Energy Secretary Jennifer Granholm confirmed on Nov. 7 that Americans should expect to pay more to heat their homes this winter than during previous ones.
Responding to a question during an interview on CNN about whether consumers will be paying more, Granholm said that would be the case.
“Yes,” said Granholm, a Democrat who’s also a former Michigan governor. “This is going to happen. It will be more expensive this year than last year. We are in a slightly beneficial position, certainly relative to Europe, because their chokehold of natural gas is significant. They’ll pay five times higher.”
Granholm noted that the United States has “the same problem” regarding fuel transportation and supply before attempting to cast blame on oil and gas companies. At the same time, Granholm pushed the Biden administration-backed $1 trillion infrastructure measure that was recently approved in the House, as well as a larger social spending package.
Granholm sparked controversy on Nov. 5 after she laughed during an interview with Bloomberg News about boosting domestic oil production.
“As you know, of course, oil is a global market. It is controlled by a cartel. That cartel is called OPEC, and they made a decision yesterday that they were not going to increase beyond what they were already planning,” she said.
After taking office in January, President Joe Biden signed executive orders that shut down the Keystone XL pipeline construction, which would have been able to transport oil from oilfields in Alberta, Canada, into the United States. The administration also placed a freeze on some new drilling sites, prompting a recent lawsuit from the Alaska Industrial Development and Export Authority (AIDEA) against the mandate.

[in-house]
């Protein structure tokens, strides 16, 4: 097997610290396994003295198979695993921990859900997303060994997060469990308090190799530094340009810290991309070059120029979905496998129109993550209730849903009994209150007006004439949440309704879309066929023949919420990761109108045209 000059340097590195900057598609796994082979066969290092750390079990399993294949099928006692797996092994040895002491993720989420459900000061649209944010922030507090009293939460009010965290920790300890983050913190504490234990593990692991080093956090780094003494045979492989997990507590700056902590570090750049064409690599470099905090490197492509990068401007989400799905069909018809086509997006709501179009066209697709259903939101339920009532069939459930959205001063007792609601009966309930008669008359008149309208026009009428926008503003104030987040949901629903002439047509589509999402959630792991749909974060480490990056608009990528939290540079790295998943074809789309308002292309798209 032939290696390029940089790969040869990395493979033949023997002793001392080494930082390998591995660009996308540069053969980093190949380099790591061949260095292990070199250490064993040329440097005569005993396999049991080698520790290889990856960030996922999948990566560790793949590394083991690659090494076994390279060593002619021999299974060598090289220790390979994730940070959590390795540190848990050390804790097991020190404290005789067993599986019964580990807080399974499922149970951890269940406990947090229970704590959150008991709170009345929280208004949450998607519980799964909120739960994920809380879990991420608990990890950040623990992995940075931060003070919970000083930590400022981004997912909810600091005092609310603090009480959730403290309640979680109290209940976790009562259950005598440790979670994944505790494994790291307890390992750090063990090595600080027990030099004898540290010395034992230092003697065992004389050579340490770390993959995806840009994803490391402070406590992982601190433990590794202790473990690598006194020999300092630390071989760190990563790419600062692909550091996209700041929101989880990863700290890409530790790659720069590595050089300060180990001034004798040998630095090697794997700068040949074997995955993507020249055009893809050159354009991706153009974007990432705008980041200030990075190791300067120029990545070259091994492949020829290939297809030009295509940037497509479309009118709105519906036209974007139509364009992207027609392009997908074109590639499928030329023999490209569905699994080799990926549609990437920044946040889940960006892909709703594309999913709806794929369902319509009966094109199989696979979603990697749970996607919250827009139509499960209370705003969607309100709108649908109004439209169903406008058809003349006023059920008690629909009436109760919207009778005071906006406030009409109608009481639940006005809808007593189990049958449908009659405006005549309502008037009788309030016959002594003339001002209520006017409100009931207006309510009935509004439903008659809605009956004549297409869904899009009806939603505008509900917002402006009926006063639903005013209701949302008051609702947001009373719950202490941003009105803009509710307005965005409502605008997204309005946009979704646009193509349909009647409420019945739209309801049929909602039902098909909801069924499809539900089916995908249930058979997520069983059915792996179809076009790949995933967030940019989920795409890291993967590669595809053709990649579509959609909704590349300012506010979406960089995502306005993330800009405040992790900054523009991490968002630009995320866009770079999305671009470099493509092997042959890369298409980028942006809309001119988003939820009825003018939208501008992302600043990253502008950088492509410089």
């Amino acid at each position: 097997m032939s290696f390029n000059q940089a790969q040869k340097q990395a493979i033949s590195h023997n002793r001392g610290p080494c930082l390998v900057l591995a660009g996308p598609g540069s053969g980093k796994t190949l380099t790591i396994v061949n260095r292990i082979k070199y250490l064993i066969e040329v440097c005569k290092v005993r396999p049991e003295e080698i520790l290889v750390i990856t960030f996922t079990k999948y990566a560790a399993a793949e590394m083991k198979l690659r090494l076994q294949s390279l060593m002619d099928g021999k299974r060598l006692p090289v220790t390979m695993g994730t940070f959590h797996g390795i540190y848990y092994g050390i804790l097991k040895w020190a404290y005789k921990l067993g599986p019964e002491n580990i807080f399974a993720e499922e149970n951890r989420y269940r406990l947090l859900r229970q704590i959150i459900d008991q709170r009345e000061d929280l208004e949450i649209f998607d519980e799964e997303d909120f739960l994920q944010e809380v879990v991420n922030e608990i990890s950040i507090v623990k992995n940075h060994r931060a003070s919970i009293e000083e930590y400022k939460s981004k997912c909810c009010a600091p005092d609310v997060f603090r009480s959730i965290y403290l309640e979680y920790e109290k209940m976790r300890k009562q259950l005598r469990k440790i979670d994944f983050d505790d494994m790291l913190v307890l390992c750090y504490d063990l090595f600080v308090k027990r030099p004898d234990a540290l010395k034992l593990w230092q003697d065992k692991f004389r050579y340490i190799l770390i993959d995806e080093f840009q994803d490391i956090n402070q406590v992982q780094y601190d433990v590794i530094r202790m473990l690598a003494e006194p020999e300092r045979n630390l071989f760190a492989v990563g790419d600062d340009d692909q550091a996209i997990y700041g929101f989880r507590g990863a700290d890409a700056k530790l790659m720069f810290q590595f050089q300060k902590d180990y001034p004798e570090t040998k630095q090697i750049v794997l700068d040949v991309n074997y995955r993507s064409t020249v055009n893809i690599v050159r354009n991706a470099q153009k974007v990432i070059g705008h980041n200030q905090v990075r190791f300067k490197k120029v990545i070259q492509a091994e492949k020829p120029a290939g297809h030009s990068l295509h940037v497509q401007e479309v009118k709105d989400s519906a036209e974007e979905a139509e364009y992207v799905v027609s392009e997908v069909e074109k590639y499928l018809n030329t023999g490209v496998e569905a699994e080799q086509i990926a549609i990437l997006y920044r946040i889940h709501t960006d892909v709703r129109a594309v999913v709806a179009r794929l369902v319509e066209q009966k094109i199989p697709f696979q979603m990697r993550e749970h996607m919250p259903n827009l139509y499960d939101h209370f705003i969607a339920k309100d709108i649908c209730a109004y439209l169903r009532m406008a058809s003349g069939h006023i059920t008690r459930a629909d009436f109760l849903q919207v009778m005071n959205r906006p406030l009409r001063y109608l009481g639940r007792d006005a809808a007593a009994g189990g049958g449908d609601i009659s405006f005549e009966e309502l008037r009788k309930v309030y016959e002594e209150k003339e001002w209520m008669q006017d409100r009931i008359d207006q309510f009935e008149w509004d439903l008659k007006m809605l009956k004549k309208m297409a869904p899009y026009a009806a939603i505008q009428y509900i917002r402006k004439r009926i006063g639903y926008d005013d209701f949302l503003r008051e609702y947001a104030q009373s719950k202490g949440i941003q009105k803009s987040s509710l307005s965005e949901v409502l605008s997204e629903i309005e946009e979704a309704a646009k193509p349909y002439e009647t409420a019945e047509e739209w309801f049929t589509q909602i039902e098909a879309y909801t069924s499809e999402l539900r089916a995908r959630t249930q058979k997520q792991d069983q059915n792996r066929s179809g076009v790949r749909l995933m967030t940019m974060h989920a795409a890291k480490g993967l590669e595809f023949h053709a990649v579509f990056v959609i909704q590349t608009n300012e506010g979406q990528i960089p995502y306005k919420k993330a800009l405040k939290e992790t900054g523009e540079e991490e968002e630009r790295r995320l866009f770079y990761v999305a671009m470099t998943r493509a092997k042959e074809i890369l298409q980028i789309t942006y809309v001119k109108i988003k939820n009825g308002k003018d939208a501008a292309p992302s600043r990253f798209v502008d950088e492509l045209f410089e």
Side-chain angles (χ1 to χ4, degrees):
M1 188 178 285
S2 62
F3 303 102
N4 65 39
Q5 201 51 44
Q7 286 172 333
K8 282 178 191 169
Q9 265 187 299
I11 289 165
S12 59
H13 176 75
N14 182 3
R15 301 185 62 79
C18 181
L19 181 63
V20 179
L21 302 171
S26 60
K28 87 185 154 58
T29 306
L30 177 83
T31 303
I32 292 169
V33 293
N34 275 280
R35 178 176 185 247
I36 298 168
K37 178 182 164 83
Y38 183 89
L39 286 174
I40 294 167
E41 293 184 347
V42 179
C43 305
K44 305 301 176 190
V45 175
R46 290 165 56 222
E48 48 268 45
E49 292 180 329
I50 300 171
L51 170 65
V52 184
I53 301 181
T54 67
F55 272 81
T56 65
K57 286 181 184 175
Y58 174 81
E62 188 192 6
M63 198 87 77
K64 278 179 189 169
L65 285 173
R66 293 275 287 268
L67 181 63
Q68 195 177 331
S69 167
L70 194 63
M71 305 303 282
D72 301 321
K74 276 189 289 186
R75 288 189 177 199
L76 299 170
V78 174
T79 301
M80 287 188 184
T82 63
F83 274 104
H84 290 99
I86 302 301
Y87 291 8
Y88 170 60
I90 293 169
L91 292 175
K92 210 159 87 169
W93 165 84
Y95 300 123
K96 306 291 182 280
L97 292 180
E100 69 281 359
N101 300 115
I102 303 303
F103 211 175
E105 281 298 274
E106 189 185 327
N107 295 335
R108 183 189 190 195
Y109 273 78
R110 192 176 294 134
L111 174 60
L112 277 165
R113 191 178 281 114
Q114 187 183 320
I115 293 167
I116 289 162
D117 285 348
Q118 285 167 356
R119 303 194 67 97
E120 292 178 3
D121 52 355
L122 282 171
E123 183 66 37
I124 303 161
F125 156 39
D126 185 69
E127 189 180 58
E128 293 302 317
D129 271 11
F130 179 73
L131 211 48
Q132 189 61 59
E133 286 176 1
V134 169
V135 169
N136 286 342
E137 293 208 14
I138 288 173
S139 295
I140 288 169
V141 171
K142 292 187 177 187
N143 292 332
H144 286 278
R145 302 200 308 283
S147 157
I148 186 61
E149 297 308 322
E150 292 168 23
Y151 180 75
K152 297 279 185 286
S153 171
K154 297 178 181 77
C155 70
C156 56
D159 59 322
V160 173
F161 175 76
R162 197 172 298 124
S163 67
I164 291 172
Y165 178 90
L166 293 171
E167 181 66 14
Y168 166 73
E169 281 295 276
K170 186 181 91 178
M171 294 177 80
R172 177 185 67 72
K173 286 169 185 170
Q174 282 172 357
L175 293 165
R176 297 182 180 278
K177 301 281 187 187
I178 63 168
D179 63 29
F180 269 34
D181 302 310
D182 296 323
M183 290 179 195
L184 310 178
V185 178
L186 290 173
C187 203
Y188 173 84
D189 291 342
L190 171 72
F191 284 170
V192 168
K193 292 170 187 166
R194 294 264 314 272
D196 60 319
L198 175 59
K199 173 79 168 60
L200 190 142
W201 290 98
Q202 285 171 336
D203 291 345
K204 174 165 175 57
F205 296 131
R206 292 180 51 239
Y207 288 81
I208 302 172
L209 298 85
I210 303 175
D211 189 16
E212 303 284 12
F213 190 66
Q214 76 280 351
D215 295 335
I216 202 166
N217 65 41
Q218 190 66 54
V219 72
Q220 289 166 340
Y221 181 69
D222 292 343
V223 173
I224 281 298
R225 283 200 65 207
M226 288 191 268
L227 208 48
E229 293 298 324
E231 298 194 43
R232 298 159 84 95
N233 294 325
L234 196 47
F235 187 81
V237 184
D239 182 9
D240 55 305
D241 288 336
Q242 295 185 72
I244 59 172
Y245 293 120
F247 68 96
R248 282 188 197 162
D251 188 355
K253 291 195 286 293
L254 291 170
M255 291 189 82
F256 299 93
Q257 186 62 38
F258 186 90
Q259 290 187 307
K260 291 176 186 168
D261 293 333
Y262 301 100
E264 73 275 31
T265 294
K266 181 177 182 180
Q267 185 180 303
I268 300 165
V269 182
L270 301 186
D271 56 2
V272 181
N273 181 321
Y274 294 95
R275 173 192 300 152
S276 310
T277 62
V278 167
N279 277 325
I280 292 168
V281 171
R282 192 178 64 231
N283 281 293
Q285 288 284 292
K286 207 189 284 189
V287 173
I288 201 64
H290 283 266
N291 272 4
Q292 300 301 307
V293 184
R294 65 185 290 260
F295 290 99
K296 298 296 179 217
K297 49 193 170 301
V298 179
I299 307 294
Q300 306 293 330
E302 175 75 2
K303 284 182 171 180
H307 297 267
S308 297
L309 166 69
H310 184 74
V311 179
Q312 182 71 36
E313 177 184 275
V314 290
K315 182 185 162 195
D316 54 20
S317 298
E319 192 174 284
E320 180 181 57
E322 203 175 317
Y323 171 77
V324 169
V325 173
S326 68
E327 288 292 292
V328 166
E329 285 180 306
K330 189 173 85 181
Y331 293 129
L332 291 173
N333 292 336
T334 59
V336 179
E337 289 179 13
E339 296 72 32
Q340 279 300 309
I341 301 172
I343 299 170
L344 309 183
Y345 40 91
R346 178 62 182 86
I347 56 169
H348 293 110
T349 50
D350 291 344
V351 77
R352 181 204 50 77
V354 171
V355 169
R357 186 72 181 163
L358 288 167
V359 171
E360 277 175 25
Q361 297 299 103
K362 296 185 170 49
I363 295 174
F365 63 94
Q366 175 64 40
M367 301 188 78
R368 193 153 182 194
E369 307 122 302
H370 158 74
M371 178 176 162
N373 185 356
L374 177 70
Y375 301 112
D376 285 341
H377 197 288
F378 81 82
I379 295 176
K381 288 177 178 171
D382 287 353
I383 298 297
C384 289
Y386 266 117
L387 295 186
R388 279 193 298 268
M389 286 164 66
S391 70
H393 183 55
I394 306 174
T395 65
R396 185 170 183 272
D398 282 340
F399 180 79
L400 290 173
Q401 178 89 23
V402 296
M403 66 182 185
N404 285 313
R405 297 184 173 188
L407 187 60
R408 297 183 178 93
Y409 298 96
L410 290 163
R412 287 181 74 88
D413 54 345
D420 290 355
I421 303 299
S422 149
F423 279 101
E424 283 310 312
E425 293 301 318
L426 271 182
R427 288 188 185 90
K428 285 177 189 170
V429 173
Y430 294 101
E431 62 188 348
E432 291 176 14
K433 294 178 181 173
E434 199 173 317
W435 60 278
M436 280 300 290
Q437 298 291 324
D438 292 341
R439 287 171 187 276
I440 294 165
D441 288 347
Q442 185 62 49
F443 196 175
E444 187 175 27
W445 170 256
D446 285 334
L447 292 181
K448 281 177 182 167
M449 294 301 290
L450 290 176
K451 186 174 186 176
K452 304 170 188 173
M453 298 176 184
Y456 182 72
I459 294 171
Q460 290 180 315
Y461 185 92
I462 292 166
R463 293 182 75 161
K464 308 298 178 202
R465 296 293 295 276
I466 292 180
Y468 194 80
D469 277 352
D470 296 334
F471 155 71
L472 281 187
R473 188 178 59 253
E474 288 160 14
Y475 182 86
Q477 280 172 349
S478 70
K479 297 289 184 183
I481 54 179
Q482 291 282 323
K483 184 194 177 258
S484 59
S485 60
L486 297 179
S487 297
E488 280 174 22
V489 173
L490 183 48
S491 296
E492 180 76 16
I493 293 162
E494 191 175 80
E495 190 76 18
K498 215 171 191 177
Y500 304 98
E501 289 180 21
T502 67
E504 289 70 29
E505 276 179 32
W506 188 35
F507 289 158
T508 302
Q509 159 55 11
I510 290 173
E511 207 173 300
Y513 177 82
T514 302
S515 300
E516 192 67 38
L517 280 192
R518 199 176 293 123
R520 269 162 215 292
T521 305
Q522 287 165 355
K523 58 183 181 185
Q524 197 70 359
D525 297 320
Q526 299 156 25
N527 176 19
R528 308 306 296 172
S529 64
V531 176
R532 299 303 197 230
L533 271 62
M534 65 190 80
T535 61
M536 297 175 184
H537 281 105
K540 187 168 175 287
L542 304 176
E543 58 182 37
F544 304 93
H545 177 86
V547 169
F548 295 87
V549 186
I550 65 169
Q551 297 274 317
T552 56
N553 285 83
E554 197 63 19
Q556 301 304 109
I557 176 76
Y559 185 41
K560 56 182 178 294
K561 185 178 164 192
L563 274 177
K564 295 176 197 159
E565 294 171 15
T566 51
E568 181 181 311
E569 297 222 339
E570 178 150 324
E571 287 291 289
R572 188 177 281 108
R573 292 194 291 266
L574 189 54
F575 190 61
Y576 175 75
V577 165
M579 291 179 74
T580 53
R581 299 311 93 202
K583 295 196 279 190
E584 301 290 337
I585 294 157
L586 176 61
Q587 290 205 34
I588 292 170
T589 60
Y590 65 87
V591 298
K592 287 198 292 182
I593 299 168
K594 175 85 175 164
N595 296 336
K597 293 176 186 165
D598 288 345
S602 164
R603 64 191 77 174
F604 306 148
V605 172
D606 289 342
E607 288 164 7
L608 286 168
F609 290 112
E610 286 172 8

In October, Biden asked OPEC-plus—the Organization of Petroleum Exporting Countries and its allies—to produce more oil in order to cool high energy prices. However, the Saudi-led alliance rejected Biden’s plea on Nov. 4, deciding to instead stick with its plan for cautious monthly increases.
“Our view is that the global recovery should not be imperiled by a mismatch between supply and demand,” a recent White House National Security Council statement reads. “OPEC+ seems unwilling to use the capacity and power it has now at this critical moment of global recovery for countries around the world.”
But Saudi Energy Minister Prince Abdulaziz bin Salman told The Associated Press that the OPEC-plus member countries were “underscoring their commitment to market stability.”
Republicans have criticized the Biden administration for forcing the United States to rely on OPEC-plus to deal with rising gas prices in its attempt to shift to electric vehicles as well as wind and solar power, rather than boosting domestic oil production.